No Heroes, These Three

This week and next week will feature articles that I have written for a class that I am taking on the Hebrew text of the Book of Judges. Both articles will consider the story of Deborah, Barak, and Jael in Jdg 4-5.

The Book of Judges is a book of heroic stories about men and women who are not heroes. Some, like Ehud and Jael, are crafty and underhanded. Others, like Samson and Jephthah, are brash and stupid. All of them belong to a wicked and idolatrous nation, the sons of Israel.

One effect of this is to make the God of Israel the only true hero of the book. He alone is unequivocally good. He alone has the strength to deliver Israel from the hands of his oppressors. The story of Deborah, Barak, and Jael concludes, “So on that day God subdued Jabin the king of Canaan before the people of Israel.” It is God who subdues, not Deborah, Barak, or Jael.

The sons of Israel are rotten, and God is the true hero of the Book of Judges. The book works out both of these facts in subversive ways. Sometimes the subversion is darkly humorous, like when Ehud tells Eglon, “I have something from God for you.” Eglon probably thinks it’s an oracle; in reality, it’s Ehud’s sword. Sometimes the subversion is shocking, as in the story of Deborah, Barak, and Jael. On the surface, they present the oracles of God, lead armies, and strike down the heathen general, Sisera. But the text hints that, beneath the surface, these three are far from model servants of God. Thus, at its most subversive, the text shows us how God allows three shady characters to share in His heroism.

Let us consider our three “heroes.”

The most obvious shadow is cast over Barak. The text makes him the butt of some irony. His name means “lightning,” but he drags his feet through the entire story. He’s the one we would naturally expect to deliver Israel, but he is neither judge nor deliverer. In fact, Barak is almost entirely passive. He is, at best, an accessory.

Though Barak strikes us as timid and oblivious, the text suggests that he’s anything but. Deborah’s first words to him are, “Has not the Lord, the God of Israel, commanded you...?” Far from being oblivious, Barak knew exactly what he was to do, and he didn’t need Deborah to tell it to him. When it came down to it, Barak was competent to call out 10,000 men from Zebulon and Naphthali. And, when it came down to it, Barak marched forward with those men to fight 900 chariots and the rest of Sisera’s army. In total, Barak is more than equipped to lead the fight—but he fails to.

So we turn to Deborah. Right at the outset, the text treats her differently than it has the previous judges, Othniel, Ehud, and Shamgar. Those three were warlords, deliverers; up to this point in the book, that is all we have seen the word “judge” to mean (see esp. 3.10). Deborah is the first judge that we actually see judging Israel in the sense that we use the word. Additionally, the book told us that God “raised up” Othniel, Ehud, and Shamgar. With Deborah, there is no such notice of God’s appointment. The text thus invites us to question her legitimacy.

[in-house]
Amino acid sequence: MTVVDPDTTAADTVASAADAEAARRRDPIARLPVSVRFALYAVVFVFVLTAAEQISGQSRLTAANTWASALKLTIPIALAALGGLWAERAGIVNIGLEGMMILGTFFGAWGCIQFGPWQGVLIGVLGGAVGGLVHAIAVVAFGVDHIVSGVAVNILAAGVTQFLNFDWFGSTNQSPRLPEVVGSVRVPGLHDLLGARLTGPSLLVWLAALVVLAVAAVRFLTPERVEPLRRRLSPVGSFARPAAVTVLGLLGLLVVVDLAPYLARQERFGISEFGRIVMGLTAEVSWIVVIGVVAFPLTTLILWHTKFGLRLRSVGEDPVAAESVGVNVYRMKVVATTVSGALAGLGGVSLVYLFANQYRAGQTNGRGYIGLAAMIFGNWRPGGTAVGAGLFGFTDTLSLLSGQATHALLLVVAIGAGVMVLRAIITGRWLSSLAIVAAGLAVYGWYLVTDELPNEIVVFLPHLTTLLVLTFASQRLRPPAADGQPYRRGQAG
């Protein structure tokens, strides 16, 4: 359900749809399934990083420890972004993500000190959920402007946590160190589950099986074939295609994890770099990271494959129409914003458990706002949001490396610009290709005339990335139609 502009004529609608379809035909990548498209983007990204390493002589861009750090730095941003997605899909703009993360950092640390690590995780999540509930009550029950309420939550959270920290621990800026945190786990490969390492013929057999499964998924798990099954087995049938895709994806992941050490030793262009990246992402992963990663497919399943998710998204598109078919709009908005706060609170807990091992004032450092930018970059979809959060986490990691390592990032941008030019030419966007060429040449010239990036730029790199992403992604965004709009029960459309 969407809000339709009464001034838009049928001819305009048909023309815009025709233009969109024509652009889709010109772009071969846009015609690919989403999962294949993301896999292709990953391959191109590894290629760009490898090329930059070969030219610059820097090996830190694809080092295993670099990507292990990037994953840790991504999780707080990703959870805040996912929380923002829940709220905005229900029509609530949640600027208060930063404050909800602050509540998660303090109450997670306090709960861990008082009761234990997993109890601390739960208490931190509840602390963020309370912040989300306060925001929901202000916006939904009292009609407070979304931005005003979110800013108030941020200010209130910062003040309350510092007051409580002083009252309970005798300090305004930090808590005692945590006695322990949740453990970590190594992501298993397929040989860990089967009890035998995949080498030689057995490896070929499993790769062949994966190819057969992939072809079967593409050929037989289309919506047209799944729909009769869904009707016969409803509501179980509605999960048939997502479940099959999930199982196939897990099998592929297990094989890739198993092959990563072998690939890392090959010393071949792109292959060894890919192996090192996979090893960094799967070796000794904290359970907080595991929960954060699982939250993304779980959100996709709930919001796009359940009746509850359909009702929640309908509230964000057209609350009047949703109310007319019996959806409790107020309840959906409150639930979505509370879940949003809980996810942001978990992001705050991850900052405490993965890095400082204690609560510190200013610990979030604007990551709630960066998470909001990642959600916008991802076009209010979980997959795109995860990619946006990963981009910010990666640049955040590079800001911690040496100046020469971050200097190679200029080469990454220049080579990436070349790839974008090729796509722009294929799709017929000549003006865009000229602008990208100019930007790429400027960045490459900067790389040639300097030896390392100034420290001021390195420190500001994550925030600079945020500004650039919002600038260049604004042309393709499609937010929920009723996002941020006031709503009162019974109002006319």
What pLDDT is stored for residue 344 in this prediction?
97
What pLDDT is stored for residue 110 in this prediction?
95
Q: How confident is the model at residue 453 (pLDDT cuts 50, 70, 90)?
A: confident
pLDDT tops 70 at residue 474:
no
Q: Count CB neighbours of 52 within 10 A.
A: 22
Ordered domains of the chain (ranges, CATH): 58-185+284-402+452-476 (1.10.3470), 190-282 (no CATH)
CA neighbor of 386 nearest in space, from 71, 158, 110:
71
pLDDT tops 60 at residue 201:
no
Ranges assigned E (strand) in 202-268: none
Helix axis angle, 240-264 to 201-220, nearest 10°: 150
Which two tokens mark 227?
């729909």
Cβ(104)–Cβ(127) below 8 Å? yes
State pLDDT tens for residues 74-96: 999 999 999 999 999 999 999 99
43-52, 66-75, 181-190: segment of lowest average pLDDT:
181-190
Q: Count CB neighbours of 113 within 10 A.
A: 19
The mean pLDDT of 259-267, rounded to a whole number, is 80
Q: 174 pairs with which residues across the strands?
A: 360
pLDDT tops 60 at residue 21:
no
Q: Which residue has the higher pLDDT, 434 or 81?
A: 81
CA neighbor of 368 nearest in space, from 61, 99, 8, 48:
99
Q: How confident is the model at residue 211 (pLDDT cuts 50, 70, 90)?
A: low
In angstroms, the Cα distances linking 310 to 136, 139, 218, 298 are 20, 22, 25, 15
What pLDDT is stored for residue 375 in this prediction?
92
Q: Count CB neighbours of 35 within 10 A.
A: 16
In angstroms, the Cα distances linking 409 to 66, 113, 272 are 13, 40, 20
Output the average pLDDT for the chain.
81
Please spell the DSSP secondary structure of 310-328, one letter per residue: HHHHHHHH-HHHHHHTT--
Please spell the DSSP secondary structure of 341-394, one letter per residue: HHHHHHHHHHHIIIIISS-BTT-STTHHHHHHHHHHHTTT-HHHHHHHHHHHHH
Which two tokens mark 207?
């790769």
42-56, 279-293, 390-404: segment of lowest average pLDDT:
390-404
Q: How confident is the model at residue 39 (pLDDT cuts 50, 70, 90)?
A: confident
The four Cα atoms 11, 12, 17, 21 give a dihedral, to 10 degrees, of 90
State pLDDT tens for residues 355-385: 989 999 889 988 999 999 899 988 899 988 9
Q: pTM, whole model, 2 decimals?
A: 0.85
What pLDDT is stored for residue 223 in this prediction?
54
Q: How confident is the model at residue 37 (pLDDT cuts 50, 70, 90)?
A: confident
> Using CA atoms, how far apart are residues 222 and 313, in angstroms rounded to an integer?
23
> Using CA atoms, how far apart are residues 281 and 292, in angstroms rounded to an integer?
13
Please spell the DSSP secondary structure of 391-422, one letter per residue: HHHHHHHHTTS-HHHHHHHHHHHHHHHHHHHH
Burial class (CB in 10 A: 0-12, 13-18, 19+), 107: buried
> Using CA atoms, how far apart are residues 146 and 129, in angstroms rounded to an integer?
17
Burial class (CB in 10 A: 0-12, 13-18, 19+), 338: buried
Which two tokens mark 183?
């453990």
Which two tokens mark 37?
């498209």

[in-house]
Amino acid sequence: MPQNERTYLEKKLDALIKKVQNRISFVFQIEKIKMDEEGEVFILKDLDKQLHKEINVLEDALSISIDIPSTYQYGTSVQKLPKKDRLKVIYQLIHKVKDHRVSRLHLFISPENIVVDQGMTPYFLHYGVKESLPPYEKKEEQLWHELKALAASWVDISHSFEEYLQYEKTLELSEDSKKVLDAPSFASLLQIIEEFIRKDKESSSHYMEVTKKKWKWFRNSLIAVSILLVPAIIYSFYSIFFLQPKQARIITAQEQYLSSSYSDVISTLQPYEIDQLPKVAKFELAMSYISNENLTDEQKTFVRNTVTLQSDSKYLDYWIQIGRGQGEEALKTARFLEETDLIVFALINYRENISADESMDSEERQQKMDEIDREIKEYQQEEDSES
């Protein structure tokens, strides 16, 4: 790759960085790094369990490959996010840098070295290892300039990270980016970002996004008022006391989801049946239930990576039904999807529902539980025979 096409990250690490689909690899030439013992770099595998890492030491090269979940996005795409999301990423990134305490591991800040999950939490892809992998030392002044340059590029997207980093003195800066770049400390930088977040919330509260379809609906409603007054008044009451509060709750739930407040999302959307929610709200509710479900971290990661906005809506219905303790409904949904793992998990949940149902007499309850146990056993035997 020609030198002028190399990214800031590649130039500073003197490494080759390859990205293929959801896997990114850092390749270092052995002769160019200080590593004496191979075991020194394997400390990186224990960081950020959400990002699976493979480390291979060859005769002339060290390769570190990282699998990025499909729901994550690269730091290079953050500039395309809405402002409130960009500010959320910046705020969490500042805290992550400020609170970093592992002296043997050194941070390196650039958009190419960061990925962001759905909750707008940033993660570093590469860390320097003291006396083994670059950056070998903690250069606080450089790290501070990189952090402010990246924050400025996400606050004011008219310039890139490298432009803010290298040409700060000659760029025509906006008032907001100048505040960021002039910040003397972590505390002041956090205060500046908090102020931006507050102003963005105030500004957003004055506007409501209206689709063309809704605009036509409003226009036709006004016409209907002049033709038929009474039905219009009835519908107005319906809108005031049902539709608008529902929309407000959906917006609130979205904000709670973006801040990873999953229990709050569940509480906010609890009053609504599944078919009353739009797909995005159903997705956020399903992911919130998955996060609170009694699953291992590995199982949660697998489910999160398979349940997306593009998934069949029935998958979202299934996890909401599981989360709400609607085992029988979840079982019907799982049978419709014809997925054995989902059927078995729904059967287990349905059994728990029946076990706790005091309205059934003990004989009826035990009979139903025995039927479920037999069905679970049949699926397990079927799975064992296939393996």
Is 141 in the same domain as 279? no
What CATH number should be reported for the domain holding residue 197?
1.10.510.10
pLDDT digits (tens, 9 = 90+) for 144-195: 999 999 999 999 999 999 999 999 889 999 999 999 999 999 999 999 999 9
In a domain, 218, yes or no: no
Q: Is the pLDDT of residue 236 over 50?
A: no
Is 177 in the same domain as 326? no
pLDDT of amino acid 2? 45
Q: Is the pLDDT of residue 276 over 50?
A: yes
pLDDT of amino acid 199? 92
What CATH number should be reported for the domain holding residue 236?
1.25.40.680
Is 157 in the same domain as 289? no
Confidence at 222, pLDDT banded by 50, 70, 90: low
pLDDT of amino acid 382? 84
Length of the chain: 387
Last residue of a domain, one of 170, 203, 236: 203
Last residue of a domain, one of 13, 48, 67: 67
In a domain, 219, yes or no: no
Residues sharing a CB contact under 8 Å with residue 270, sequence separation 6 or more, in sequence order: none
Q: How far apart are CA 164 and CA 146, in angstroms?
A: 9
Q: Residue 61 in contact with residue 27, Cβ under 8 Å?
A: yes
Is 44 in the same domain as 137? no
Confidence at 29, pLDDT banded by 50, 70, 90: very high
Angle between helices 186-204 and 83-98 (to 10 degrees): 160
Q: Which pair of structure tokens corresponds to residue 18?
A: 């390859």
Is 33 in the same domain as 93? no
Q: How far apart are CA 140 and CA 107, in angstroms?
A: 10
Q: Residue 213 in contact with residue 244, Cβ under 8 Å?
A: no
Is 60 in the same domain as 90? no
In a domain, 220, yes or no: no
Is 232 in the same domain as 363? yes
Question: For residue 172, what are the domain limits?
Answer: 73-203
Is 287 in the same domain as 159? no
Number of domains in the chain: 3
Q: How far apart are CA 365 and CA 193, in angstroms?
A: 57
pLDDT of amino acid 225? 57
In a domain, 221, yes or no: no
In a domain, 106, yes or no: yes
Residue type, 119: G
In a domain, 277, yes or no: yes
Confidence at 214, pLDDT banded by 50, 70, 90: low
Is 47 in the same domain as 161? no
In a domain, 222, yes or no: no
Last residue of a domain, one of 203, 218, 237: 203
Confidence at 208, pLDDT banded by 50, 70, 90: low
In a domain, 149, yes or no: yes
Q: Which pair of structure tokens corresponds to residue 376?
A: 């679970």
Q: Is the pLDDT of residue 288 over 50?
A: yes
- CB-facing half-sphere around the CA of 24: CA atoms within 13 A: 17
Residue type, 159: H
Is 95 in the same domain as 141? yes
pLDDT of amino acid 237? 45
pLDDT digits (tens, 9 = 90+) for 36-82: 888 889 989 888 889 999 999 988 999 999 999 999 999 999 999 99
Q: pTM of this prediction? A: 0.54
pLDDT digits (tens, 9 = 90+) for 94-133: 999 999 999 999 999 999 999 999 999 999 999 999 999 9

The text casts an even greater shadow over Deborah when we consider where she is and what she is doing. She sits beneath a tree, and Israel goes up to her in the hill country. These are horrible associations in the Hebrew Scriptures, for we read about Israel’s harlotry there: “They set up for themselves pillars and Asherim on every high hill and under every green tree” (2 Kgs 17.10; cf. Jer 3.6; 17.1-2; Ezk 6.13). The pagans likewise consulted oracles in high places and near sacred groves. Thus, our first image of Deborah is suggestive of a cult priestess. Considering that the idolaters of Israel tried to worship God alongside their idols, our doubts about Deborah should remain even after she invokes the name of the Lord in her first address to Barak.

The text likewise casts a shadow over Jael. We are given a natural reason for Sisera to flee to the tent of Heber the Kenite: Heber is treatied with King Jabin. But Jael does not greet Sisera as a treatied hostess. Instead, she stands at the door of her tent and propositions Sisera to “turn aside to me, my lord.” We are not given to think that Jael did anything inappropriate with Sisera, but the invitation and the ensuing scene are suggestive (indeed, were you to walk in on Jael alone with Sisera, you would think that you had walked in on something, and Sisera likely thought that he was going to get something; cf. 5.28-30). To put it delicately, Jael—a married woman—put her charms to use in disarming Sisera.

This sets the stage for next week’s article, where we will consider what the Lord accomplishes through the hands of these unlikely people. Though today’s message is likely dismaying (no one likes to consider a hero’s faults), we will see how God, in His mercy, sanctifies them—and us.